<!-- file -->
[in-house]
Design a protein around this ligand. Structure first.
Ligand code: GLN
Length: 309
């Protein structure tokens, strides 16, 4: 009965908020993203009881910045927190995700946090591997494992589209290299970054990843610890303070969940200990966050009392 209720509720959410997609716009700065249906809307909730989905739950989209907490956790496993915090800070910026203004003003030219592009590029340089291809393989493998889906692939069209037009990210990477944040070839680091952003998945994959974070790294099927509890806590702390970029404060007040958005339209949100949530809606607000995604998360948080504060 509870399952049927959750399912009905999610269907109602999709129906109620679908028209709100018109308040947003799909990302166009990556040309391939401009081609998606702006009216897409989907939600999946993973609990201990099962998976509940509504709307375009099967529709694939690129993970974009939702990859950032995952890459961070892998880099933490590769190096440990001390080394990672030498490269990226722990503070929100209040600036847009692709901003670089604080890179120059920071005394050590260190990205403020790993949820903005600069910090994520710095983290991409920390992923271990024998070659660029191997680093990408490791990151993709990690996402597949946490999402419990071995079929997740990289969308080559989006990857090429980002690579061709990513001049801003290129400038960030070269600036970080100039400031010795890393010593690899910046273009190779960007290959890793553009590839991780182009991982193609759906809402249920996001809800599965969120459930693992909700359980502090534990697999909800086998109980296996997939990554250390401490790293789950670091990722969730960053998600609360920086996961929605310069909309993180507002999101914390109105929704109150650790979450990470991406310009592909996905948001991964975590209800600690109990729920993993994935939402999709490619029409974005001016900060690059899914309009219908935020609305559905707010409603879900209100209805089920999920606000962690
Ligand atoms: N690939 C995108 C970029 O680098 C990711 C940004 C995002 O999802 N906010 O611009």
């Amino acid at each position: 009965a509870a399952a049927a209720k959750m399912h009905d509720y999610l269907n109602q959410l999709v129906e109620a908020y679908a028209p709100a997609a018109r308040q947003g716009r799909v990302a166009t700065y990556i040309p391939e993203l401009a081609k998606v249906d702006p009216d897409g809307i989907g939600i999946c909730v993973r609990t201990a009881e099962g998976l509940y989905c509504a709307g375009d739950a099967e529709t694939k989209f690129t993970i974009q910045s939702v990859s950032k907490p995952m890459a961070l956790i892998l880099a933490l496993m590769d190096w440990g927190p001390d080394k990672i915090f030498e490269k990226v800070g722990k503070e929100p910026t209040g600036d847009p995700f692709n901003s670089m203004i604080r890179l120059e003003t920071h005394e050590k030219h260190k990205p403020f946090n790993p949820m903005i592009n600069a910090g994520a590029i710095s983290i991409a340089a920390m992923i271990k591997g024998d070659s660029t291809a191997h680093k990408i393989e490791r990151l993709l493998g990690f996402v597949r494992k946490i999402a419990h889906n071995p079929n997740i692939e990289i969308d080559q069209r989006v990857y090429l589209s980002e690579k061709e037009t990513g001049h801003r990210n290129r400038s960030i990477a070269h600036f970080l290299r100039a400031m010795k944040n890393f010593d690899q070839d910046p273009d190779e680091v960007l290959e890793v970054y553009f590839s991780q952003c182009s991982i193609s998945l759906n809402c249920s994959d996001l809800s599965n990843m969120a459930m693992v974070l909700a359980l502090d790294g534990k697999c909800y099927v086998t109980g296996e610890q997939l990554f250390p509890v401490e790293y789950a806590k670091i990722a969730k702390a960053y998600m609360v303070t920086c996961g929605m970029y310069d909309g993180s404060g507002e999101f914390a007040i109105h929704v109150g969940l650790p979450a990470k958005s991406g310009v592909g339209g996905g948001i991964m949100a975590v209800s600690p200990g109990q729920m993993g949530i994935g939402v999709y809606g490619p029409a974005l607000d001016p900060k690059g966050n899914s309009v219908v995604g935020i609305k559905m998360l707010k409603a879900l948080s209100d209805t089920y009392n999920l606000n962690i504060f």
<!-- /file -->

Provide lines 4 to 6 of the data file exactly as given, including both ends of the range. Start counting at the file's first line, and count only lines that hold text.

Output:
Length: 309
């Protein structure tokens, strides 16, 4: 009965908020993203009881910045927190995700946090591997494992589209290299970054990843610890303070969940200990966050009392 209720509720959410997609716009700065249906809307909730989905739950989209907490956790496993915090800070910026203004003003030219592009590029340089291809393989493998889906692939069209037009990210990477944040070839680091952003998945994959974070790294099927509890806590702390970029404060007040958005339209949100949530809606607000995604998360948080504060 509870399952049927959750399912009905999610269907109602999709129906109620679908028209709100018109308040947003799909990302166009990556040309391939401009081609998606702006009216897409989907939600999946993973609990201990099962998976509940509504709307375009099967529709694939690129993970974009939702990859950032995952890459961070892998880099933490590769190096440990001390080394990672030498490269990226722990503070929100209040600036847009692709901003670089604080890179120059920071005394050590260190990205403020790993949820903005600069910090994520710095983290991409920390992923271990024998070659660029191997680093990408490791990151993709990690996402597949946490999402419990071995079929997740990289969308080559989006990857090429980002690579061709990513001049801003290129400038960030070269600036970080100039400031010795890393010593690899910046273009190779960007290959890793553009590839991780182009991982193609759906809402249920996001809800599965969120459930693992909700359980502090534990697999909800086998109980296996997939990554250390401490790293789950670091990722969730960053998600609360920086996961929605310069909309993180507002999101914390109105929704109150650790979450990470991406310009592909996905948001991964975590209800600690109990729920993993994935939402999709490619029409974005001016900060690059899914309009219908935020609305559905707010409603879900209100209805089920999920606000962690
Ligand atoms: N690939 C995108 C970029 O680098 C990711 C940004 C995002 O999802 N906010 O611009």